'We that are strong ought . . . not to please ourselves.' But that is just what strength is prone to do. And what is to hinder it? It steps forth to go just where it will, and to do just what it will. It is full of its vital energies and its self-approved plans for pleasuring and conquering. But that is not the way in which the strong life is to grow stronger. That is not finding the sacramental meaning of strength. And so between the strong man and his self-pleasing, God puts the infirmities of the weak, and bids him bear them.

The word 'bear' in the text is the same word as is used concerning Jesus in His cross-bearing, and concerning the cross-bearing of His disciples. It is something more than patience and good temper towards weakness that is demanded here. It is that the strong, in whatsoever sphere their strength may lie, should try in silence and simplicity, to take upon their own shoulders the burdens which the weak are bearing; to submit themselves to the difficulties amidst which the weak are stumbling on; to share the fear, the dimness, the anxiety, the trouble and heart-sinking through which they have to work their way; to forego and lay aside the privilege of strength in order to understand the weak and backward and bewildered, in order to be with them, to enter into their thoughts, to wait on their advances.

We know it well in regard to education. The man of learning who is so engrossed in his own investigations, or so dazzled by his own brilliancy.or so anxious to make his own stand-point clear, that he forgets or fails to enter at all into his hearers' minds may possibly impress but hardly educate them. His teaching may show, indeed, how far on he has got, and it may quicken aspiration in those who are nearest to him; but it will leave many whom he might help just where they were.

And surely we know how, in those deeper and more anxious difficulties through which we may have to fight our way, in the trials of the moral and spiritual life, if any help can come to us from others, it can come only from those who see our troubles, not from without but from within; who with the wisdom, the simplicity, the strength of love will come out of the sunshine to be with us in the gloom and dimness; who touch our wounds as tenderly as though their own nerves throbbed for them; who measure our fears and hindrances and sorrows not by the cold estimate of an external critic, but as they are to the heart which really has to bear them.

It summons us to the ministry of intercession. We shall not be tempted to wonder what to pray for, or be depressed by the consciousness of the poverty and inadequacy of what we describe as "saying our prayers," if we think of the needs of those around us and of the part we are called upon to play as intercessors. All true intercession springs from love, and love's ministry is to take the needs of others and to make them our own. If we are bearing the burden of another soul and giving of the best in us to aid it in the daily struggle against temptation; if in a strength which flows through us to others they are being helped to overcome evil habits and to struggle up towards an ideal of goodness, we are partaking of the suffering of Christ for His Body's sake, which is the Church.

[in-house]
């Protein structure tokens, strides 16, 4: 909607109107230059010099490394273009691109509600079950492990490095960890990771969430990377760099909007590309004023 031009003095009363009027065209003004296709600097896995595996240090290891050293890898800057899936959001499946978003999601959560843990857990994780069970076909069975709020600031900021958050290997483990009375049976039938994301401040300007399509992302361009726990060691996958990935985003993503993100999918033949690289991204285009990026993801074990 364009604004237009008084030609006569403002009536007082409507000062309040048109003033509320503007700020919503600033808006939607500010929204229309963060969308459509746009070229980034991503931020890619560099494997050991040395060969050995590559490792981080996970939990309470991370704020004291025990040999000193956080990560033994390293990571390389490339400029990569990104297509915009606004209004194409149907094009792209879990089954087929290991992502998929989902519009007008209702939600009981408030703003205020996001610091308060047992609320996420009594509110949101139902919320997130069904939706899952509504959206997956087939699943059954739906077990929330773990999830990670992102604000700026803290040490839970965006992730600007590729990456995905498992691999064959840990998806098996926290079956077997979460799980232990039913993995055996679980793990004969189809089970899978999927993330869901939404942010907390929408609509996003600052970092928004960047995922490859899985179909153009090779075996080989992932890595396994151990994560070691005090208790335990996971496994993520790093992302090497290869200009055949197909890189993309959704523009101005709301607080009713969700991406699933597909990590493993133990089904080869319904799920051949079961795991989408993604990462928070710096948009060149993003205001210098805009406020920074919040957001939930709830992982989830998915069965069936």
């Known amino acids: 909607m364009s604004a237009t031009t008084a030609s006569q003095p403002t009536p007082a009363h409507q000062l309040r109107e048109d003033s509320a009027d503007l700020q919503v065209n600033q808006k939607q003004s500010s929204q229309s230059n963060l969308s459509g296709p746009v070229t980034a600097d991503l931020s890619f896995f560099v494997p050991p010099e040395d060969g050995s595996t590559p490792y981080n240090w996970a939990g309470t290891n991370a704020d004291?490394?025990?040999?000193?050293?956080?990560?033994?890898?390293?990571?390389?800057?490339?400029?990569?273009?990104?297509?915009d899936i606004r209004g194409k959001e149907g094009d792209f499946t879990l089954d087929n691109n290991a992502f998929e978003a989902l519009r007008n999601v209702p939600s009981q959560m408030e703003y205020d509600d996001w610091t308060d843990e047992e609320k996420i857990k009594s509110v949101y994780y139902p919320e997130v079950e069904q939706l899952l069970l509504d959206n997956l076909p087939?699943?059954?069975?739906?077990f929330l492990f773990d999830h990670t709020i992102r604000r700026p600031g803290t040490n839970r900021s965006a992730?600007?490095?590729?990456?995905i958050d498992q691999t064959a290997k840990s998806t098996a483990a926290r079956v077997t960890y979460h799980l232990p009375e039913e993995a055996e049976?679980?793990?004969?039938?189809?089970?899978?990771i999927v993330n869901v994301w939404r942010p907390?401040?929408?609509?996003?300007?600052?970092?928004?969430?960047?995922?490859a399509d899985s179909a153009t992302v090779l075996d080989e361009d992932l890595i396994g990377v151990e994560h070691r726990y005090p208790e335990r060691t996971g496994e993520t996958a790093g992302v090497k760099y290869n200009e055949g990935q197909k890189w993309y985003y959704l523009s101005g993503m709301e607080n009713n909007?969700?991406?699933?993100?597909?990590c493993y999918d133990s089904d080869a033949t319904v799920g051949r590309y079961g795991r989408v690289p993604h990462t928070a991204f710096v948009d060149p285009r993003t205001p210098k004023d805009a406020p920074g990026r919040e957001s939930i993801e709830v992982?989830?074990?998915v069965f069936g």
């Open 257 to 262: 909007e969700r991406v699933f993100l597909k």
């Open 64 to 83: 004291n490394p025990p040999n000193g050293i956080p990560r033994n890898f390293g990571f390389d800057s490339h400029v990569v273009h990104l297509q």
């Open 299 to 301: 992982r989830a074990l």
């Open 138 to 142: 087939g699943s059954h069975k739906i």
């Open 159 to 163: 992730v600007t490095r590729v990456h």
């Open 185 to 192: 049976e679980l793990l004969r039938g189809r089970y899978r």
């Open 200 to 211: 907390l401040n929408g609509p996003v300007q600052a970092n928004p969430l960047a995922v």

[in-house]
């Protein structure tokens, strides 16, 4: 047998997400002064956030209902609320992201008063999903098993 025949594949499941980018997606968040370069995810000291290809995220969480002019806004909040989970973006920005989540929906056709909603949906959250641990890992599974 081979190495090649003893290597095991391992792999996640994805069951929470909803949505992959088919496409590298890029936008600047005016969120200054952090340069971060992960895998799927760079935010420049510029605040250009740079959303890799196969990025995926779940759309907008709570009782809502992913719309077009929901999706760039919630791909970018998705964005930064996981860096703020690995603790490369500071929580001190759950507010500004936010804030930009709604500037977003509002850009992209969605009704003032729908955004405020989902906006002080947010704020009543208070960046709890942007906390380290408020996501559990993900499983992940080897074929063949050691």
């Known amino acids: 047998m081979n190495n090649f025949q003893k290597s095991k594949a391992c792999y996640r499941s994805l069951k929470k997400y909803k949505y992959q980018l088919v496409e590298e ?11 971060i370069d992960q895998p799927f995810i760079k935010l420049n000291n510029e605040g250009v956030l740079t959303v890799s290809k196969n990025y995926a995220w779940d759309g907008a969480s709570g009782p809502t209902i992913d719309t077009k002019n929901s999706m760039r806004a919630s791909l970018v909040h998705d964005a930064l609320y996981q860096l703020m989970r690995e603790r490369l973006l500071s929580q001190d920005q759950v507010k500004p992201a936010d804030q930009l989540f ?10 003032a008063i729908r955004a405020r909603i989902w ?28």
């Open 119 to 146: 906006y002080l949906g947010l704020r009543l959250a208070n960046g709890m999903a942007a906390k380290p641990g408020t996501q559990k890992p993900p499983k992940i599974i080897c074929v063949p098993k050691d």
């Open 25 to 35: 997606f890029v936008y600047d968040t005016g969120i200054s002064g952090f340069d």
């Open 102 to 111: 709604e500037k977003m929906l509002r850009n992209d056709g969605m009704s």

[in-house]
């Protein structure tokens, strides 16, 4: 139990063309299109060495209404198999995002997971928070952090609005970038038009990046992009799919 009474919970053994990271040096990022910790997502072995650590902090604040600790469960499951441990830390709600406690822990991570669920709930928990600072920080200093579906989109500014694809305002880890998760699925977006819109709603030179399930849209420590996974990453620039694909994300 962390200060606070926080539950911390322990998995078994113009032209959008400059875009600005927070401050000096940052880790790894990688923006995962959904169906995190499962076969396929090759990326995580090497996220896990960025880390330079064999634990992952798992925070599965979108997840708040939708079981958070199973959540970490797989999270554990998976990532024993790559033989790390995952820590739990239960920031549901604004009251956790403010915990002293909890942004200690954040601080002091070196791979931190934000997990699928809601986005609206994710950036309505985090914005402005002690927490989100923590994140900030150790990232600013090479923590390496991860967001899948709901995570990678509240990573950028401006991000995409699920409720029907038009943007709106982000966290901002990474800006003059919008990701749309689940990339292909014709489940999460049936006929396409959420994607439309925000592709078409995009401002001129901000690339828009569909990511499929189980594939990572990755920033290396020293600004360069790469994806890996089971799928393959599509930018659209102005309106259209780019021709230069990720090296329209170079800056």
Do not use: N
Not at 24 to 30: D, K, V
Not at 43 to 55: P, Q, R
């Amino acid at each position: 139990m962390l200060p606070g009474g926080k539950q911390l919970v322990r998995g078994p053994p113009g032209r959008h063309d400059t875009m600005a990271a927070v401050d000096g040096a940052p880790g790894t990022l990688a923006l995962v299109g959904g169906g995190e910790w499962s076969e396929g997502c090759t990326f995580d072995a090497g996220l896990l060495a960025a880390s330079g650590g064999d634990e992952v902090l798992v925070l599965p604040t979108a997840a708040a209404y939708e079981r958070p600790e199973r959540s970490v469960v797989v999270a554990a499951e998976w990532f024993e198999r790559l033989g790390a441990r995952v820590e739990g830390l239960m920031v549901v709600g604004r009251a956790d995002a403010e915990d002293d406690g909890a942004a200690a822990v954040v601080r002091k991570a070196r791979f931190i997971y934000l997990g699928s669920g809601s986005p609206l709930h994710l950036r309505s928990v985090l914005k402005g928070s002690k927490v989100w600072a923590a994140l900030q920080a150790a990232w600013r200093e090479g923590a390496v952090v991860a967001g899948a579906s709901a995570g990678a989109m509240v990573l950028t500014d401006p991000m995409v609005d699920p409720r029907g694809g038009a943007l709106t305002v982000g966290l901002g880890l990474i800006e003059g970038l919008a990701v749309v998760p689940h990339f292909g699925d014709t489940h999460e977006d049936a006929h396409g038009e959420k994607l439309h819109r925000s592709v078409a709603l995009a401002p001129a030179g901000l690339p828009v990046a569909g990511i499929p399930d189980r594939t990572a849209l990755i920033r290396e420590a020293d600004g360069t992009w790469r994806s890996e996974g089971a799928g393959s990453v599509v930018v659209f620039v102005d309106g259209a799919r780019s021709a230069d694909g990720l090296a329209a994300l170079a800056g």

In such a ministry our power in prayer depends upon the life we are leading, and our whole life may be a prayer, not in word, but in deed. A mother prays for her child when she strives to live closer to God, that her example of self-sacrifice, forbearance, patience, and unfailing care may win the boy to a higher sence of duty and steady him in the time of trial. An elder brother prays when he denies himself and fights temptation in order that the younger may be able to make a better stand for righteousness. A friend prays when he stands by another and influences him for good in a crisis when the choice between two ways has to be made. In all our human relationships the ministry of intercession plays its part, and in all cases it is the life that prays and intercedes.

It is not for nothing that we worship a God touched with the feeling of our infirmities. And if we are to admit the world's pain into our hearts we must first admit the world's Savior. When once the Man of Sorrows has passed beneath the portal of a human life no sad lives are turned away unhelped. When once Jesus has speech with a man in the innermost place of his heart, that man has a new ideal of gain, of pleasure,and of good. Measure our life by loss instead of gain. Not by what we take in, but what is poured out. For love's strength stands in love's sacrifice. And whosoever suffers most has most to give.

In Christ, timothy. maranatha